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And Now, Atlanta's Year in Debacles, Fiascos and Controversies

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There is no denying that, as a whole, Atlanta has had an epic and hugely successful year. In fact, with all of the Beltline props, national accolades, swelling #weloveATL pride and thrilling projects like Ponce City Market, Krog Street Market and Inman Quarter, it can be easy to let our egos get the best of us. But we can't have that. We're Southern, after all; let's show some modesty. To keep our feet on the ground and our hubris in check, take a look back at some of Atlanta's less than shining moments.

Worst Near Apocalyptic Event: Snowpocalypse
It was almost August before Northerners stopped giggling at Atlanta's reaction to January's winter weather debacle. The city ground to a complete halt. People were stuck in cars overnight in what might have been the worst traffic jam in U.S. history. But at least we used the opportunity to demonstrate what makes Atlanta so great.

Most Controversial Party: The Krog Masquerade
This October party was so divisive, there's not even a way to summarize it without infuriating someone. The organizer was all, "Hey! Let's have a 'European-style' party in the dirty, graffiti-covered Krog Street Tunnel." Then the community was all, "Hell no, that's our dirty tunnel." Arguments ensued. White-washing of the art ensued. The party ensued and what we were left with was either a rousing success that was life-alteringly good or a total nightmare that pissed off an entire neighborhood, depending on who you ask.

Toughest Relocation: The Braves Move to Cobb
From the minute they announced their intention to move from downtown to Cobb, the Braves started catching flak (at least they're catching something, right?) and despite the team's attempts to put the happiest, most optimistic face on the relocation, it has been a bumpy ride. Scheduling quandaries, developers dropping like flies, lawsuits, lack of public support and reports that indicate the whole Cumberland Mall area is going to be walloped by traffic heretofore unknown outside the aforementioned Snowpocalypse — it all hit the Braves so hard they even came up losers in their own renderings.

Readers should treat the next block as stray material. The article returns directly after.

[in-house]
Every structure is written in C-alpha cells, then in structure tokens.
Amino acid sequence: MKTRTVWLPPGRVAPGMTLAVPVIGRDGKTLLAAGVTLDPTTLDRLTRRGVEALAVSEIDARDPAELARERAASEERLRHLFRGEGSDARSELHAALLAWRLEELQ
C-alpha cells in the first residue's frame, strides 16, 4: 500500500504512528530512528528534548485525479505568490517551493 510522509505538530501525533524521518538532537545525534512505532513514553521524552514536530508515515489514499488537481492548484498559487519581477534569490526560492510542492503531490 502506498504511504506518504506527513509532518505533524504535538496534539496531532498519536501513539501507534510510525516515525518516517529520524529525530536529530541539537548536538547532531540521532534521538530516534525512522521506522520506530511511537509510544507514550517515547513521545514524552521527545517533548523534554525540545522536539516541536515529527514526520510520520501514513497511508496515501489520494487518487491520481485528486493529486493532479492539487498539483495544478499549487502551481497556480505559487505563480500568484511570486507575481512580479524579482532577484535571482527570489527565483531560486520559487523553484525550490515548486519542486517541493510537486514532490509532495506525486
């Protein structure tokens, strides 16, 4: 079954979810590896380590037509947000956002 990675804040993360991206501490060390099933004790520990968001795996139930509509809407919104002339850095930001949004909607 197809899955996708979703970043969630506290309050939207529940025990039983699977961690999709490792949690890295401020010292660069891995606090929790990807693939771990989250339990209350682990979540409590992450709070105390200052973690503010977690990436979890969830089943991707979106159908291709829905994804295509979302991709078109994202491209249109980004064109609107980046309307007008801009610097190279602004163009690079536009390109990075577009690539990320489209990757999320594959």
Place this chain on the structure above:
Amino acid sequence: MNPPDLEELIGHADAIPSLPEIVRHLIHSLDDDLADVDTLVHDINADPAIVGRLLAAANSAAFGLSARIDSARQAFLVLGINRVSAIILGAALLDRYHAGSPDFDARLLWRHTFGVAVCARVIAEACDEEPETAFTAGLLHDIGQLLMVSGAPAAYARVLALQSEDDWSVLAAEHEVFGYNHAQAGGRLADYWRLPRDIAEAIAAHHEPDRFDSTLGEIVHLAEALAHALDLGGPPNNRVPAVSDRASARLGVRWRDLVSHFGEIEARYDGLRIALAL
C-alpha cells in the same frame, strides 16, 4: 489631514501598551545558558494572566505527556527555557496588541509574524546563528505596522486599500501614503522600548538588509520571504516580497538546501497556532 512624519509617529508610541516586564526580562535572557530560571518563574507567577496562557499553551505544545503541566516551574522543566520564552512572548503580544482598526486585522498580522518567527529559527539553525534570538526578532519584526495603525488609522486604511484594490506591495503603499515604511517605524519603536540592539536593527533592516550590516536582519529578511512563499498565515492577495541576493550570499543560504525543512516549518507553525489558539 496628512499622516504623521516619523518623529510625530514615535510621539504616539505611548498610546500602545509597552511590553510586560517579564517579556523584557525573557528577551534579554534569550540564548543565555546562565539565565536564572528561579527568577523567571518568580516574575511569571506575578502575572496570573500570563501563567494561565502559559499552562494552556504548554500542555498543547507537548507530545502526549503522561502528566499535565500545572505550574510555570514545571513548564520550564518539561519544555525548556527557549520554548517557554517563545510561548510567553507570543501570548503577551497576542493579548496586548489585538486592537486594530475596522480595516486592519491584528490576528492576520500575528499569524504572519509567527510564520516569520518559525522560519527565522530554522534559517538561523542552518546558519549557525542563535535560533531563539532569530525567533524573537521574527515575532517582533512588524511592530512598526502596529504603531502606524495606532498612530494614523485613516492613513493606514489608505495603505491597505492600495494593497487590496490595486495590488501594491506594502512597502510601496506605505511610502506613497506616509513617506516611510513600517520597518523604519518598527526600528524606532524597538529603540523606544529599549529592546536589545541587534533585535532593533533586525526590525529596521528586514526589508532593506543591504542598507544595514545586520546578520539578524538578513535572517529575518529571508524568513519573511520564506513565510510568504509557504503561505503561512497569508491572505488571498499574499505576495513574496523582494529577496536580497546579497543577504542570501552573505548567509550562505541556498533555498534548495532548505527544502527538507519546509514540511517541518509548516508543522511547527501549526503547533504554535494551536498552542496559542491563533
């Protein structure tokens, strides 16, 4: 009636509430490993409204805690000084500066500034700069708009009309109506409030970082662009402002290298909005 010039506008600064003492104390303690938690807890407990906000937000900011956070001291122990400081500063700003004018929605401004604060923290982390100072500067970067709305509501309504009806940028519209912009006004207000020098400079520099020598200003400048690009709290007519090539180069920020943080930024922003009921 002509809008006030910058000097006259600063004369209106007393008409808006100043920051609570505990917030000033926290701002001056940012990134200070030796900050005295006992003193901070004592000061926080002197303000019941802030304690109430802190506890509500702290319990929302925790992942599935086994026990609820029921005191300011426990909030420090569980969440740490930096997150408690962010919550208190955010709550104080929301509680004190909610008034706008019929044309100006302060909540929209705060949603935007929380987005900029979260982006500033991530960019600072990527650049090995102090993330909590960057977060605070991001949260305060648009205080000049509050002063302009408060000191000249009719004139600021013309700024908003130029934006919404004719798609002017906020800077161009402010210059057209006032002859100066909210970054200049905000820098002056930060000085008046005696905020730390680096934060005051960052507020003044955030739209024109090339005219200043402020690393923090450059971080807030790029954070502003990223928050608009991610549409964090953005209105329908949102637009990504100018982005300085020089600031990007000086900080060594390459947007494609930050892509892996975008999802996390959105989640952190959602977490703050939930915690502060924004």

Most Hyperbolically Overrated Project: The Corey Tower
The project that was touted as Atlanta's answer to the St. Louis Arch and Seattle's Space Needle ended up being even more disappointing than everyone expected, which is hard to do because no one but Bill Corey himself expected much at all. As one commenter (ATL4000) pointed out, the Grande Sombrero at South of the Border is more impressive.

Saddest Collapse: The Craigie House
Snow took more than our dignity this year. It also took down the Craigie House, which had been standing proudly on Piedmont Avenue across from Piedmont Park for more than a century. The collapse happened in the midst of a renovation and while the husband-and-wife team initially planned to continue trying to save the structure, the project was more than they could handle in the end.

Biggest Tease: The Atlanta Streetcar
Atlanta's shiny new streetcar will finally carry its first passengers tomorrow, but what a long road it's been (technically only a 2.7-mile road but still…). We have lost count of the alleged launch dates offered since construction began: mid 2013, spring 2014, late spring 2014, summer 2014, fall 2014, "by the end of 2014." The project was held up time and time again by utility complications, questions about who would operate the system, safety concerns and fools who could not stop running their cars into the giant, bright blue, impossible-to-miss trains. Let's hope the elusive, millions-over-budget people mover takes scheduling more seriously once it's running.

Proof That There's No Such Thing as Perfection: The Atlanta BeltlineWhat could possibly be the problem with Atlanta's most popular, most nationally praised project? Well, for all of its glory, the Beltline is a humbling reminder that every project has its trials and tribulations. From construction hold ups, funding shortfalls and scheduling snafus (where is that Eastside extension?) to beefs with Atlanta Public Schools, the Beltline is a reminder not to pat ourselves on the backs too hard. Oh, and that we could all use a lesson or two in etiquette now and then.

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